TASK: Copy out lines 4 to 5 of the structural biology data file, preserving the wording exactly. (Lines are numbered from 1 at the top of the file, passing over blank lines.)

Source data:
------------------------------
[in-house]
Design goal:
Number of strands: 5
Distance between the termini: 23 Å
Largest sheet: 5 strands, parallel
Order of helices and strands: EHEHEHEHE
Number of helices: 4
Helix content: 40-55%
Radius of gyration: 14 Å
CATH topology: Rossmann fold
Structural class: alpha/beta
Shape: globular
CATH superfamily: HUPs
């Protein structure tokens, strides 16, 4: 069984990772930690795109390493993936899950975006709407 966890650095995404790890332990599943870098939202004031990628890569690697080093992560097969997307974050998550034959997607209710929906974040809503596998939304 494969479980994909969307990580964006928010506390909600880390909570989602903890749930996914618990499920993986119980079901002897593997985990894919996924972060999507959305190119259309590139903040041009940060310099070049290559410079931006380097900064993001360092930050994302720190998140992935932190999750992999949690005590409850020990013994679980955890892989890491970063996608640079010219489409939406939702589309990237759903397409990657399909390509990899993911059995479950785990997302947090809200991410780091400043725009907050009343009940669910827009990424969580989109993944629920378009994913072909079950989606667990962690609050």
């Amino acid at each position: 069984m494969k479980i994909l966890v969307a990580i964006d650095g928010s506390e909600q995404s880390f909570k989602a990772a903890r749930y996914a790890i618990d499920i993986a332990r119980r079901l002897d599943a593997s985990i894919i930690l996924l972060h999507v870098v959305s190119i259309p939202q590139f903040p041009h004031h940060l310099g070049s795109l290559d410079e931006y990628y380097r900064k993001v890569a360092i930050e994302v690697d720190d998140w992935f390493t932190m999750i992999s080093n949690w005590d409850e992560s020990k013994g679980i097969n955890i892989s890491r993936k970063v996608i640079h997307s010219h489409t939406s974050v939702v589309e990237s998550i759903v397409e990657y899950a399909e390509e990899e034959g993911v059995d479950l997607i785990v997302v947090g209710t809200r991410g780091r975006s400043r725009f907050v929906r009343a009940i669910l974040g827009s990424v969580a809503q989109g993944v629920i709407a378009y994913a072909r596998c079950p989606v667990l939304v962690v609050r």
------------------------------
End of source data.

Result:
Distance between the termini: 23 Å
Largest sheet: 5 strands, parallel